Published by Amulet Books on October 11, 2016
Genres: Alternate History, Young Adult
In 1919, Ada Navarra—the intrepid daughter of immigrants—and Corinne Wells—a spunky, devil-may-care heiress—make an unlikely pair. But at the Cast Iron nightclub in Boston, anything and everything is possible. At night, on stage together, the two best friends, whose “afflicted” blood gives them the ability to create illusions through art, weave magic under the employ of Johnny Dervish, the club’s owner and a notorious gangster. By day, Ada and Corinne use these same skills to con the city’s elite in an attempt to keep the club afloat.
When a “job” goes awry and Ada is imprisoned, she realizes they’re on the precipice of danger. Only Corinne—her partner in crime—can break her out of Haversham Asylum. But once Ada is out, they face betrayal at every turn.
I was so excited to see this book in my tiny local library! They seem to be putting more of an effort into diversifying their YA section and it makes me really happy. This is my pick for February for the Diverse Reads 2017 challenge. So here I present my review of Iron Cast, Destiny Soria’s debut novel from 2016.
“America is the land of liberty, Danny dearest,” Corinne said. “She won’t stand for Prohibition, mark my words.”
This book feels like a gangster movie with a few twists. Also not everyone dies, like in most gangster movies I’ve seen. 😛 I felt like I was sucker-punched in the gut a few times. Also I love how the author has chosen a relatively unexplored (in YA, at least) period of time (the weeks right before Prohibition took effect in 1919) for her setting. It was an awesome experience!
“No one likes a know-it-all, Ada.”
“Yes, I’ve been trying to tell you that for years.”
Ada and Corinne are amazing. Their chemistry just leaps off the page and it’s beautiful. It made me miss my best friend so much. The back-and-forth banter had me laughing out loud, but their fierce loyalty to each other was what really made this story. The romantic interests – sure, they’re there, but they are a background to the girls’ friendship.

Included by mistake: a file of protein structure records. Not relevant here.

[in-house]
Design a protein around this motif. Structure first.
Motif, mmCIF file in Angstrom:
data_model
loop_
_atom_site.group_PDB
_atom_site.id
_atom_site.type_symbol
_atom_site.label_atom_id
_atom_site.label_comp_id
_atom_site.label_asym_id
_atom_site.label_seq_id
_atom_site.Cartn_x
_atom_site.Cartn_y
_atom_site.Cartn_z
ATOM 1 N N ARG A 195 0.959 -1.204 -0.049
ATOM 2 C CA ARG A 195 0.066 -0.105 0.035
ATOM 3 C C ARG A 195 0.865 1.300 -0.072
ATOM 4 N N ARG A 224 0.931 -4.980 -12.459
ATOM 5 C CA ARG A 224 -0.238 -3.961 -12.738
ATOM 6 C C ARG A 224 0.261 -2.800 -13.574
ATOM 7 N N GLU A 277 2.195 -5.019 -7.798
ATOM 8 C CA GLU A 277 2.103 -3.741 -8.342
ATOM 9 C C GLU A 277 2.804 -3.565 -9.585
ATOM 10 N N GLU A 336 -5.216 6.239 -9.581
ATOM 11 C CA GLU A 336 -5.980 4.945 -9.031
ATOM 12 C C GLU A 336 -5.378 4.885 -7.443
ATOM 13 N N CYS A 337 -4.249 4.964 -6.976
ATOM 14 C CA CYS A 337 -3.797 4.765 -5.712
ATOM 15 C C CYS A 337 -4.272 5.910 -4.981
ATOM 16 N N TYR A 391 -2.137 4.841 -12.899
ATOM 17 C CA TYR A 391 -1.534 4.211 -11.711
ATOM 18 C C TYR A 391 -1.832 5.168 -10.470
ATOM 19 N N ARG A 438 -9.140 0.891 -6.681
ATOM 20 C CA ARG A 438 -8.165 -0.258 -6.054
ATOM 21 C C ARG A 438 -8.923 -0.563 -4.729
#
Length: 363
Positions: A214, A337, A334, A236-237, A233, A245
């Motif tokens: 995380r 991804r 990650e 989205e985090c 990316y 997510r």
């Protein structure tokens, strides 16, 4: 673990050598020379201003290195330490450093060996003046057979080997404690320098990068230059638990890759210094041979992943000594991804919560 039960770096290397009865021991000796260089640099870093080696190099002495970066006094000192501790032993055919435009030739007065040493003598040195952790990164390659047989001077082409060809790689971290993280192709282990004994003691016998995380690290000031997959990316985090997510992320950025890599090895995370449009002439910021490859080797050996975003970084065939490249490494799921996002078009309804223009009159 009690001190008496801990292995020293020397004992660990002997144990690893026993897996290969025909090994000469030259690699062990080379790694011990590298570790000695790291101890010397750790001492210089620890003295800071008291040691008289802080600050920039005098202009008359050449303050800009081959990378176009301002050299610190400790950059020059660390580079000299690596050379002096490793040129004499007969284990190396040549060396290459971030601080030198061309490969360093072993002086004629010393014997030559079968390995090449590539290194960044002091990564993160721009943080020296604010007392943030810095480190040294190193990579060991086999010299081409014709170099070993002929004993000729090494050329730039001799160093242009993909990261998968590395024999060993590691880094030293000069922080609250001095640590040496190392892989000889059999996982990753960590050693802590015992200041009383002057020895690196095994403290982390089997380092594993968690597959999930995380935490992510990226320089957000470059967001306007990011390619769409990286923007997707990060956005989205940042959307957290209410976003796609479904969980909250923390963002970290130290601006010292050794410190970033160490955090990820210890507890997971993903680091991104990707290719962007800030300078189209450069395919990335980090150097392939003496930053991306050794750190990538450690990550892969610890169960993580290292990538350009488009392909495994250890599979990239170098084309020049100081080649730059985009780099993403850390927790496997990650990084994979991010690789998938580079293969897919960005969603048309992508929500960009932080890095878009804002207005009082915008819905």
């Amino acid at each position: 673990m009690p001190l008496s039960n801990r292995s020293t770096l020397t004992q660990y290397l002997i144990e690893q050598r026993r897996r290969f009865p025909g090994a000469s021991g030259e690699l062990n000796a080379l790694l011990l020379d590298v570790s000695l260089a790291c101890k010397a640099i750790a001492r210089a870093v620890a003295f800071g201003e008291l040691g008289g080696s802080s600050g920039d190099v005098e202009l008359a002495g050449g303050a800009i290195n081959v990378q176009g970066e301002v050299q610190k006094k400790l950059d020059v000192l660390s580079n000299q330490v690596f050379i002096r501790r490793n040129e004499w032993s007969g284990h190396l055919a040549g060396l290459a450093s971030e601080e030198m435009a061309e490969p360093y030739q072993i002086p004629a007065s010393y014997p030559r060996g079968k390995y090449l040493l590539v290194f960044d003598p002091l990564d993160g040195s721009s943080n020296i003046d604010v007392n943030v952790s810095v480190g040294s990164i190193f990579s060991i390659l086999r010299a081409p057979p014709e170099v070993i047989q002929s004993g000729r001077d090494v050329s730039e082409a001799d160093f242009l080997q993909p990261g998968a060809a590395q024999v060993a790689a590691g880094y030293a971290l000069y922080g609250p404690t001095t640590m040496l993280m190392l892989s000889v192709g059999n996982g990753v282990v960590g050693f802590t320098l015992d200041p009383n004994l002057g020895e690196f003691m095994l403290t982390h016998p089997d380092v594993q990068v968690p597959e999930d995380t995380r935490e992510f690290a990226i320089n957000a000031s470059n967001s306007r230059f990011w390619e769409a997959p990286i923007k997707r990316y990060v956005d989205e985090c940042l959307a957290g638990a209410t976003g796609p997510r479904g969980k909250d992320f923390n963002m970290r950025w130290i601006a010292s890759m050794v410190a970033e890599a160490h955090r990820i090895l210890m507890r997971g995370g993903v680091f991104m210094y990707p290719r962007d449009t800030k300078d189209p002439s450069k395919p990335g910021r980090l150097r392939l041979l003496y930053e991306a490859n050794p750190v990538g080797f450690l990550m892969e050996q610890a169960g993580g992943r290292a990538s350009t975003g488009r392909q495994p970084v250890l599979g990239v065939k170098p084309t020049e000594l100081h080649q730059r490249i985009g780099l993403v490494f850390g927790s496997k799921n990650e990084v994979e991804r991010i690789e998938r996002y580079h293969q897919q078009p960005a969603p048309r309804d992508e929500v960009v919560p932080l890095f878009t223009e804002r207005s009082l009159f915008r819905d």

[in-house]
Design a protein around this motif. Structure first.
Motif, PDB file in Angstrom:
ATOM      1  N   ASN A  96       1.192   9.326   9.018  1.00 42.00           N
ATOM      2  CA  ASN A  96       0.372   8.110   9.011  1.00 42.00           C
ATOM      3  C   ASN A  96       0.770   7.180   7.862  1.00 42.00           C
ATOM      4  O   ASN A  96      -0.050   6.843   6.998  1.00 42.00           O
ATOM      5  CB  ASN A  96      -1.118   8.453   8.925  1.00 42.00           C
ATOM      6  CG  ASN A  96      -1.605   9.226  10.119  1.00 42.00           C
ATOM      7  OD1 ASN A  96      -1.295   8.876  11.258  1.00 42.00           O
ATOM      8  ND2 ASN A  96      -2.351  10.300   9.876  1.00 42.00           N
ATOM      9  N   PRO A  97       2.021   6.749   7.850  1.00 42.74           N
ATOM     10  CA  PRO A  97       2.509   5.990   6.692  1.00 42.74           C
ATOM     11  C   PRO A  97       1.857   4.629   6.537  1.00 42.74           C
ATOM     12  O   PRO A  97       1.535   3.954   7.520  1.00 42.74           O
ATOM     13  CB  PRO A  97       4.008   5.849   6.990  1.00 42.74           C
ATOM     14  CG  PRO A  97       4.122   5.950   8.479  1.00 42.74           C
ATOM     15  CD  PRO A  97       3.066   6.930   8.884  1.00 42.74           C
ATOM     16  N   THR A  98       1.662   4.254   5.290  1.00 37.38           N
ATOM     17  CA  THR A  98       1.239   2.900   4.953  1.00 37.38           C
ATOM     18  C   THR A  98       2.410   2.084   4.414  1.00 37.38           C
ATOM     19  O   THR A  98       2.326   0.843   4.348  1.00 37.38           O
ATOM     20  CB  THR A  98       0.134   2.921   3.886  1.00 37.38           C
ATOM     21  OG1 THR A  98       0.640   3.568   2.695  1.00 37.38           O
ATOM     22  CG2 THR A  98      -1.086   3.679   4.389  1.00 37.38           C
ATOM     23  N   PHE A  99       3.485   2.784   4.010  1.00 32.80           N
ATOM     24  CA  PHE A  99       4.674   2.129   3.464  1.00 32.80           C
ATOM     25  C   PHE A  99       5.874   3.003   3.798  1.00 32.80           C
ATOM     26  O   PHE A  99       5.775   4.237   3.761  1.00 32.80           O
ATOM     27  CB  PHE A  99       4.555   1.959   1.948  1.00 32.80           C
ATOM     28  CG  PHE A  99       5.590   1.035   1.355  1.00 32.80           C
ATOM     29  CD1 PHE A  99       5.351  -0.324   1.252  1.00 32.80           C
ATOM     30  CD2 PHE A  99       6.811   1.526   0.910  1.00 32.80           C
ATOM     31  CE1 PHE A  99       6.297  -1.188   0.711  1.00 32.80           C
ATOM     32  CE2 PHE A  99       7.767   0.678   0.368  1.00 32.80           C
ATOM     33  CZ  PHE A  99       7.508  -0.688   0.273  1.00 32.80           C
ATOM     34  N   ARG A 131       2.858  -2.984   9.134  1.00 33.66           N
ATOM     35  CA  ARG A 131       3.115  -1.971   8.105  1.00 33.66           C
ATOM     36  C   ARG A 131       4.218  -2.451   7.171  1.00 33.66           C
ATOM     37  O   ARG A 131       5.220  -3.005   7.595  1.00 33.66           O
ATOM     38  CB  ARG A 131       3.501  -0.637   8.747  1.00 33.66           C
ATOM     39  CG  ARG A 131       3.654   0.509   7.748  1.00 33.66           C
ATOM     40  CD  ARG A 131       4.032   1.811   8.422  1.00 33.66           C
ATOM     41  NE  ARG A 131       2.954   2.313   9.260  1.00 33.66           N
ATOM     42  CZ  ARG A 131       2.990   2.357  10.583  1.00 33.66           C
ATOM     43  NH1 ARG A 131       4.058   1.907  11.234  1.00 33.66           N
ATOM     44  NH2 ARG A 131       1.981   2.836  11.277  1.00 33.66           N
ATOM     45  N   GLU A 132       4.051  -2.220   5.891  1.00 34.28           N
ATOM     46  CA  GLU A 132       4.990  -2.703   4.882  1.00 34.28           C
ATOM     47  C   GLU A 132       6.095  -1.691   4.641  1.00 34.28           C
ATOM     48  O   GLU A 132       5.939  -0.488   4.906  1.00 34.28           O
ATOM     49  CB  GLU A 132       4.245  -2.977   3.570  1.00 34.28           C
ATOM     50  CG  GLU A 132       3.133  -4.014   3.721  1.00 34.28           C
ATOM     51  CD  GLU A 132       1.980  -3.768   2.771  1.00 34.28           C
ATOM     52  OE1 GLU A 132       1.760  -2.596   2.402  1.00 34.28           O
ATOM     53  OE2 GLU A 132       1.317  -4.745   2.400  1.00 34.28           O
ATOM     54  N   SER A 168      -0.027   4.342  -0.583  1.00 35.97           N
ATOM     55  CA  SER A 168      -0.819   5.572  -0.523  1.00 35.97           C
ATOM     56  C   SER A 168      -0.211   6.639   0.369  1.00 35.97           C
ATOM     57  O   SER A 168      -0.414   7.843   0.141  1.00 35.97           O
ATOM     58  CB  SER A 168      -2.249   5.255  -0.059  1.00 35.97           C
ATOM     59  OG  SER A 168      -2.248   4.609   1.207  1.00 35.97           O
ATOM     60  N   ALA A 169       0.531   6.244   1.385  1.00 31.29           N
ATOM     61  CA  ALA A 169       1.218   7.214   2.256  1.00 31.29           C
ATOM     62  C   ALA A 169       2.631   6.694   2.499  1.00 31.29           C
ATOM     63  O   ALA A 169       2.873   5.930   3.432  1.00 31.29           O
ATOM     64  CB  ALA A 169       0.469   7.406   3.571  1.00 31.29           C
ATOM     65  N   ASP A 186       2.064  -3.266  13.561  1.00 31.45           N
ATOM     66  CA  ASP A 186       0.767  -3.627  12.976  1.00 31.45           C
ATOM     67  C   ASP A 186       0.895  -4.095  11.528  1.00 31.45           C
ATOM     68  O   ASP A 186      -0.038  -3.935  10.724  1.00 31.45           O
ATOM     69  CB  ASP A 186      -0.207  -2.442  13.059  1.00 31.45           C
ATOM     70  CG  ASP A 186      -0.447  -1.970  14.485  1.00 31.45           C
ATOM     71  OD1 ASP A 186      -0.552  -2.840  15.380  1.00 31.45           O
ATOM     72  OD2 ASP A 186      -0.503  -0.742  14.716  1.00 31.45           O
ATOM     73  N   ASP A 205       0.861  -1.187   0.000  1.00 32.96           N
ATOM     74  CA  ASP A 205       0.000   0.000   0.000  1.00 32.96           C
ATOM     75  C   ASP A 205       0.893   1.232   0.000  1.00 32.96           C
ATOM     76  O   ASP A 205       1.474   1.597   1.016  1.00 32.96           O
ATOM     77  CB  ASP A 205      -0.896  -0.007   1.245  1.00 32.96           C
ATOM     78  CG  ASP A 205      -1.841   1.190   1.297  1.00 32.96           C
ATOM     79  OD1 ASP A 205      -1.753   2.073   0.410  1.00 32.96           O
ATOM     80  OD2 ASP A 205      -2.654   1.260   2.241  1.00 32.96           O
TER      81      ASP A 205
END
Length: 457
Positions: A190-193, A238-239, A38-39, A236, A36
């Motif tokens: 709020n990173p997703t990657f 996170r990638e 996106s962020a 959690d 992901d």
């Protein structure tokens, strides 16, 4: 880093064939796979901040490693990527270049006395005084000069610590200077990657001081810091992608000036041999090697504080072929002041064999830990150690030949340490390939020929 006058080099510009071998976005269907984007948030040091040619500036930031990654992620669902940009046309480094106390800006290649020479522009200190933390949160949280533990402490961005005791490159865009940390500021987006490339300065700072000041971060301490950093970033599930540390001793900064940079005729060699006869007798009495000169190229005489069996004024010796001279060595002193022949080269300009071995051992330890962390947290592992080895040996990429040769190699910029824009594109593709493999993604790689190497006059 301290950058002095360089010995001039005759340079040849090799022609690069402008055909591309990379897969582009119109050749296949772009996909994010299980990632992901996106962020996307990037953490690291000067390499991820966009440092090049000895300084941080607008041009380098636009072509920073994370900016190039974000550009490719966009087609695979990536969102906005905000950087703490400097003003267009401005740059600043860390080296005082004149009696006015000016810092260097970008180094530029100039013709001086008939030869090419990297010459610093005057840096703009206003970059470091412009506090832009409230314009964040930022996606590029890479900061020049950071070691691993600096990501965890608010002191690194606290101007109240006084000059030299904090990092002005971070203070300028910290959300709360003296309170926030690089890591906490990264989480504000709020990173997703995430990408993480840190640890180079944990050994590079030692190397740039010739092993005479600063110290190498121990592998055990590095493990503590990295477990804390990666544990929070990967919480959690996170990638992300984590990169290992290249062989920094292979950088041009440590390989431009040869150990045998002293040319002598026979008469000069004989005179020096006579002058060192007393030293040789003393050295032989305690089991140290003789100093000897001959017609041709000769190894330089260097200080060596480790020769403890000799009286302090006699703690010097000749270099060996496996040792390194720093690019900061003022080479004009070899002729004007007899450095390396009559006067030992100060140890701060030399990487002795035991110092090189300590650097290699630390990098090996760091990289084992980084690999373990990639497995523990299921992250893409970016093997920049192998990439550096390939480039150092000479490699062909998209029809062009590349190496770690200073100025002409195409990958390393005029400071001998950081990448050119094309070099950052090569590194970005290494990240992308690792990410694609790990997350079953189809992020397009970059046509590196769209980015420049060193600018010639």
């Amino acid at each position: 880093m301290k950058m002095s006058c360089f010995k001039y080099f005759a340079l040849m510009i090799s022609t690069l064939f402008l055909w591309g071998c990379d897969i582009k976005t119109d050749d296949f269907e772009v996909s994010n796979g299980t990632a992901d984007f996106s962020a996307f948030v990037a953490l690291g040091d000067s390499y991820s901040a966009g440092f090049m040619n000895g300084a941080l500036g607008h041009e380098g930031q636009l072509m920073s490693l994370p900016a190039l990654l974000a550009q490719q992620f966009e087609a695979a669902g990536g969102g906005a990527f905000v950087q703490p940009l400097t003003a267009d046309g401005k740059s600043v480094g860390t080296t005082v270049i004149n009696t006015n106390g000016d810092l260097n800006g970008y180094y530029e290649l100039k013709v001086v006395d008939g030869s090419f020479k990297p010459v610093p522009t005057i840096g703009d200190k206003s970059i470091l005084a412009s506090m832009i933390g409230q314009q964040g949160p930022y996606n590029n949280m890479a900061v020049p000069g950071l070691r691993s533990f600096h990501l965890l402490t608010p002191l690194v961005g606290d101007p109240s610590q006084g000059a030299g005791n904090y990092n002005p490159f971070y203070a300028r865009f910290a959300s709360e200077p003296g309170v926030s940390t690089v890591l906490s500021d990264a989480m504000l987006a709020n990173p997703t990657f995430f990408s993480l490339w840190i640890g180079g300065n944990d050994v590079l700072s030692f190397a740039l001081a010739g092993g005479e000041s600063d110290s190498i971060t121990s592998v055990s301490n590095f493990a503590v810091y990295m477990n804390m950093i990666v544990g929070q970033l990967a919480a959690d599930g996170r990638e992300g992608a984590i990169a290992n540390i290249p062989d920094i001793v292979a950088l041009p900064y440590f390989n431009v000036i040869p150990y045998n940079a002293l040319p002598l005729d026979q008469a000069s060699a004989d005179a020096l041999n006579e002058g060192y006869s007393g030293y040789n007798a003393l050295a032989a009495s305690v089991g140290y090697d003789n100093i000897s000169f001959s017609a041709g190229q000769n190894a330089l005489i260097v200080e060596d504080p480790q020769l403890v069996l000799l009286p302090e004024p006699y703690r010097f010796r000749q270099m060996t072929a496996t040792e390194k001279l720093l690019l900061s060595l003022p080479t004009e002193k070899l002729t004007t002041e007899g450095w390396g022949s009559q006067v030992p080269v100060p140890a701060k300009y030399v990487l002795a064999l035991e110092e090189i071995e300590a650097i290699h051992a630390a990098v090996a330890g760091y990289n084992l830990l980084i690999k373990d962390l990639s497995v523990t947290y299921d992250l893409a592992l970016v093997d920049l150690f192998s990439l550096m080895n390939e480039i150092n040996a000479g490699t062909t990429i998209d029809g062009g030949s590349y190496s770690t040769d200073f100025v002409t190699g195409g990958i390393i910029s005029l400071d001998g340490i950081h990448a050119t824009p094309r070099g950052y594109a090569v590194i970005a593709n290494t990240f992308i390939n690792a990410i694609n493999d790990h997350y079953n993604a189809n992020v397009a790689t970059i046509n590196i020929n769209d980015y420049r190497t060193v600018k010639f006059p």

Destiny Soria has taken the year 1919 and turned it on its head with one change of facts: there is a small percentage of the population that are born as hemopaths, who have the ability to manipulate other people and sometimes time itself through some form of art. When I first started reading I thought that the hemopath ability was inspired by sickle cell anemia due to the influence put on the hemopaths’ aversion to iron (an iron deficiency being one of the side effects or symptoms of sickle cell anemia), but after I finished I wasn’t sure. It’s an interesting thought, though. If it WAS so inspired, the author definitely gave it a new look by making it a strength and also making it just as widespread in people of every race.
At this time in history, hemopaths are feared and even hunted in Boston. Once considered artists, they are now looked at as freaks that are sub-human. Ada and Corinne find the noose of the law closing on them as they struggle to survive in their underground nightclub home, seemingly able to trust almost no one. Hemopaths start disappearing – people they know. Unsure where to turn, they spend a lot of time wandering from place to place. At times this was kind of a drag…it created atmosphere but left me wondering what was the point of a particular scene or chapter. However, the characters and a lot of the places they visited were interesting enough to keep me reading. I really wanted to find out WHO was behind all the horrible things that kept happening!
Reading this was like walking down a dark, foggy street. Or sitting in the darkened, smoky club surrounded by toughs and exquisitely dressed women. OR being kidnapped and dragged to a sterotypical “insane” asylum! There is a definite 1920s vibe to it that I loved. It’s so different and feels so glamorous compared to most places and even books (maybe I haven’t read the right ones?) today.
4/5 stars. As I mentioned, the plot did drag a bit sometimes. Also I wish that Charlie and even Gabriel had been a little more fleshed out, but maybe that would have taken away from the strong thread of female friendship that holds the story together. I also really enjoyed the diversity aspect, as Ada’s family was not white but neither were her parents from the same country, and there is a LGBT couple as well. I loved that Destiny Soria didn’t gloss over how any of these characters would have been treated at this point in history but manages to (to me, at least) portray them without the slightest hint of bias. I’m not marginalized myself, so I can’t authoritatively speak to how accurate the characters are, but they felt very real and relate-able.